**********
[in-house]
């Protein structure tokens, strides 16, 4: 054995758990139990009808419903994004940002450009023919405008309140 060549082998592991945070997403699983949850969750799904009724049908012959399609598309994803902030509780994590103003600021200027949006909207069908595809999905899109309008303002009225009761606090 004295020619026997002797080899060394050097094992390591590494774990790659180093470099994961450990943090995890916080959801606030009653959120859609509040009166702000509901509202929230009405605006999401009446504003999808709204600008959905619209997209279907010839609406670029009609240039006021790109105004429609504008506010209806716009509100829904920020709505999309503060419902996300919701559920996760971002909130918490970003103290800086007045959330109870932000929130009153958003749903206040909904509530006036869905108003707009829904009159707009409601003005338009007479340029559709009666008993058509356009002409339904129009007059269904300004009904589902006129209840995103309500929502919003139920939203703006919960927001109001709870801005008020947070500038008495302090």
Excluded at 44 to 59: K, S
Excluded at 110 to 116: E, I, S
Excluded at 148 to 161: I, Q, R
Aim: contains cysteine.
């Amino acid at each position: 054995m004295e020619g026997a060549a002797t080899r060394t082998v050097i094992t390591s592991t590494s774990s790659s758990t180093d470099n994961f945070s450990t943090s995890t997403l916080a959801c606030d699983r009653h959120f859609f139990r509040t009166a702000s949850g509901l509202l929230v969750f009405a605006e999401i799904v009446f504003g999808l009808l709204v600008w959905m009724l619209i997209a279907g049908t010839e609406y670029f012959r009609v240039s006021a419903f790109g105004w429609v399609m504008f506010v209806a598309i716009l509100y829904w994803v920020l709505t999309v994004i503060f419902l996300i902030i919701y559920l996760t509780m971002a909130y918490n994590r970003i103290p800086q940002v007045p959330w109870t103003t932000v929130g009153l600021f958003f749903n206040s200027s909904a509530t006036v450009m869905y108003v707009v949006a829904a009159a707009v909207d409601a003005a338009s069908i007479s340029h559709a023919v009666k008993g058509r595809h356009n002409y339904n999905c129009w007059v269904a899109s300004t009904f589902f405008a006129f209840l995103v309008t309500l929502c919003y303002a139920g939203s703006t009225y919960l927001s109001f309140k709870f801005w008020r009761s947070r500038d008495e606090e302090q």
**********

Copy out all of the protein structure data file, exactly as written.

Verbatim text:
[in-house]
């Protein structure tokens, strides 16, 4: 054995758990139990009808419903994004940002450009023919405008309140 060549082998592991945070997403699983949850969750799904009724049908012959399609598309994803902030509780994590103003600021200027949006909207069908595809999905899109309008303002009225009761606090 004295020619026997002797080899060394050097094992390591590494774990790659180093470099994961450990943090995890916080959801606030009653959120859609509040009166702000509901509202929230009405605006999401009446504003999808709204600008959905619209997209279907010839609406670029009609240039006021790109105004429609504008506010209806716009509100829904920020709505999309503060419902996300919701559920996760971002909130918490970003103290800086007045959330109870932000929130009153958003749903206040909904509530006036869905108003707009829904009159707009409601003005338009007479340029559709009666008993058509356009002409339904129009007059269904300004009904589902006129209840995103309500929502919003139920939203703006919960927001109001709870801005008020947070500038008495302090």
Excluded at 44 to 59: K, S
Excluded at 110 to 116: E, I, S
Excluded at 148 to 161: I, Q, R
Aim: contains cysteine.
């Amino acid at each position: 054995m004295e020619g026997a060549a002797t080899r060394t082998v050097i094992t390591s592991t590494s774990s790659s758990t180093d470099n994961f945070s450990t943090s995890t997403l916080a959801c606030d699983r009653h959120f859609f139990r509040t009166a702000s949850g509901l509202l929230v969750f009405a605006e999401i799904v009446f504003g999808l009808l709204v600008w959905m009724l619209i997209a279907g049908t010839e609406y670029f012959r009609v240039s006021a419903f790109g105004w429609v399609m504008f506010v209806a598309i716009l509100y829904w994803v920020l709505t999309v994004i503060f419902l996300i902030i919701y559920l996760t509780m971002a909130y918490n994590r970003i103290p800086q940002v007045p959330w109870t103003t932000v929130g009153l600021f958003f749903n206040s200027s909904a509530t006036v450009m869905y108003v707009v949006a829904a009159a707009v909207d409601a003005a338009s069908i007479s340029h559709a023919v009666k008993g058509r595809h356009n002409y339904n999905c129009w007059v269904a899109s300004t009904f589902f405008a006129f209840l995103v309008t309500l929502c919003y303002a139920g939203s703006t009225y919960l927001s109001f309140k709870f801005w008020r009761s947070r500038d008495e606090e302090q």